Summary of Marketing Warfare

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Marketing Warfare book summary
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Rating

8 Overall

6 Applicability

6 Innovation

9 Style


Recommendation

Al Ries and Jack Trout’s book marches to a military drumbeat, as you might guess from the dedication to Karl von Clausewitz, "one of the greatest marketing strategists the world has ever known." Advice abounds for the testosterone-impaired, including football references and quotations from Gen. Patton. It offers an incisive, if militaristic, strategic marketing perspective. At one point the authors feel the need to clarify: "We don’t mean [to advise] undermining leaders by dynamiting their plants or interdicting their rail centers. That’s a physical way of looking at marketing warfare." This book proves that the "us-against-them" mindset thrives, even in this era of joint ventures. If you believe Bill Gates succeeded because he was a nice young man, this book probably isn’t for you. Otherwise, snap to attention, soldier, for a few lessons in the art of marketing warfare. getAbstract.com recommends this book to those who need to influence consumers’ minds. Read it quick - before your enemy does.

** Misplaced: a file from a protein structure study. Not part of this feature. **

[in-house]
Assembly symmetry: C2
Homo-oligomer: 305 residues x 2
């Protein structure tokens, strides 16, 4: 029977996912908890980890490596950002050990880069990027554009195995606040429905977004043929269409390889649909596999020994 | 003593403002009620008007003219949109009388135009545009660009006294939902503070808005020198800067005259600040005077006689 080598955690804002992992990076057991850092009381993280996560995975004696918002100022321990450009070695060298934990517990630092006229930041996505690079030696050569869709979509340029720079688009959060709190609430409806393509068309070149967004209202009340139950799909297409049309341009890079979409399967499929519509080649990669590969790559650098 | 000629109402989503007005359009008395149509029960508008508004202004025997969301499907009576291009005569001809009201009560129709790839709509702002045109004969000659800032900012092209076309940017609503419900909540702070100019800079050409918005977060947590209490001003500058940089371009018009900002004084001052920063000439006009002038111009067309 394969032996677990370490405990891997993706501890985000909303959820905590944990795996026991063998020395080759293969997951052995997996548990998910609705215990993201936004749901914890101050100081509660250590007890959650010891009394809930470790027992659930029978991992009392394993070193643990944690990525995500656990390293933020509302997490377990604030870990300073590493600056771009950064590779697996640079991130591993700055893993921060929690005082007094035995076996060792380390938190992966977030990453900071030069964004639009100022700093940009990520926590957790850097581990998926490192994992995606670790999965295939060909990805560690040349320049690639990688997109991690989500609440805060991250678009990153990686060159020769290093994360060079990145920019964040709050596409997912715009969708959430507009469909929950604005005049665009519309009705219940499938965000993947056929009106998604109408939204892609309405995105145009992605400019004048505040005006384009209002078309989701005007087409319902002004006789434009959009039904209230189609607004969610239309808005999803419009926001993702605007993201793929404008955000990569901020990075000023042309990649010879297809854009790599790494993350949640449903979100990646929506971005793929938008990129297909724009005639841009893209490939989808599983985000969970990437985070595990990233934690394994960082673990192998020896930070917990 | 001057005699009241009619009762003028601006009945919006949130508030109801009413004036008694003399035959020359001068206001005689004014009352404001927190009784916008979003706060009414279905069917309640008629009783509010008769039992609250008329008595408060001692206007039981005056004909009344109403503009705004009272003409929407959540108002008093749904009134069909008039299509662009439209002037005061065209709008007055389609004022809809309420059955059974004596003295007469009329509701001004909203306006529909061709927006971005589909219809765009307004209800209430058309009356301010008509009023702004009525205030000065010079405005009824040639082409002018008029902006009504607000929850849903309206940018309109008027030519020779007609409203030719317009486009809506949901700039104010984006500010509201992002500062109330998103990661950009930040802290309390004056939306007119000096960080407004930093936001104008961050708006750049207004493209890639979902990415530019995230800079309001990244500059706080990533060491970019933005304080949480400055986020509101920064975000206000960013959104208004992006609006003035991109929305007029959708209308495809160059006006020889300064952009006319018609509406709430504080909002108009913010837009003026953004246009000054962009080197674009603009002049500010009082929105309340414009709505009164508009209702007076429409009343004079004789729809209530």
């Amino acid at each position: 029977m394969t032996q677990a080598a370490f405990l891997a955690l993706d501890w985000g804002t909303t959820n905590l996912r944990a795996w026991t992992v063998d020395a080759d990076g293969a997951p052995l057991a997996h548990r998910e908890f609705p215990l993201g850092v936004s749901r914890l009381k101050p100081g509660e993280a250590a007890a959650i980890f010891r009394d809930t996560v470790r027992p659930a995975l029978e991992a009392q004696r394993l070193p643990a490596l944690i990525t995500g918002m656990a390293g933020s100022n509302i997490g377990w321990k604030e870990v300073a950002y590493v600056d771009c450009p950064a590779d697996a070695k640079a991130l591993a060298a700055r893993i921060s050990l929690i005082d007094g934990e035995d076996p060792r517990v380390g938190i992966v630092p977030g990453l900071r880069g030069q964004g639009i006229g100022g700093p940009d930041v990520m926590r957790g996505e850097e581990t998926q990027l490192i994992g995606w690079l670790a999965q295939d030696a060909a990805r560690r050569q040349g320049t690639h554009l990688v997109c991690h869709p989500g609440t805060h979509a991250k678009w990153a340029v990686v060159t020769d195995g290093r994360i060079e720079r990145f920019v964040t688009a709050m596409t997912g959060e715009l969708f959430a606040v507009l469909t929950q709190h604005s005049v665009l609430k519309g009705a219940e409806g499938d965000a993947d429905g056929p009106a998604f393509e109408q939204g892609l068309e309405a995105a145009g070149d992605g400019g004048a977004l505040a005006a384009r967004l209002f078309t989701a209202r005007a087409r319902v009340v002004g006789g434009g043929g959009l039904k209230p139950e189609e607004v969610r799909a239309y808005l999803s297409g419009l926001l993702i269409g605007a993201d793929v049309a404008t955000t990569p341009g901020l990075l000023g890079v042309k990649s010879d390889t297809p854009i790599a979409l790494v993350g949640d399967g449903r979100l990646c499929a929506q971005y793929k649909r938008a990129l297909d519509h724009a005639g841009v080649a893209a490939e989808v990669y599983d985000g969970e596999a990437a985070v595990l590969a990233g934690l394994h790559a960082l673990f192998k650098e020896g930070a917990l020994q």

In this summary, you will learn

  • How you can apply military tactics to marketing;
  • What the four basic approaches to the marketing battlefield are; and
  • Why a good strategy will work even with average tactics and execution.
 

About the Authors

Al Ries and Jack Trout wrote the marketing classic Positioning. As students of business strategy and marketing tactics, they have earned international recognition for their speeches, books, and articles on these subjects. They cite the rise of the global economy as one reason their marketing-warfare analogy is more apropos than ever.

 

Summary

Customer or the Competition?
What’s more important - trying to please the customer, or outwitting your competition to get the customer’s business? The correct answer - although perhaps not in vogue - is beating your competition. That’s the battle you must win to succeed in business. With...

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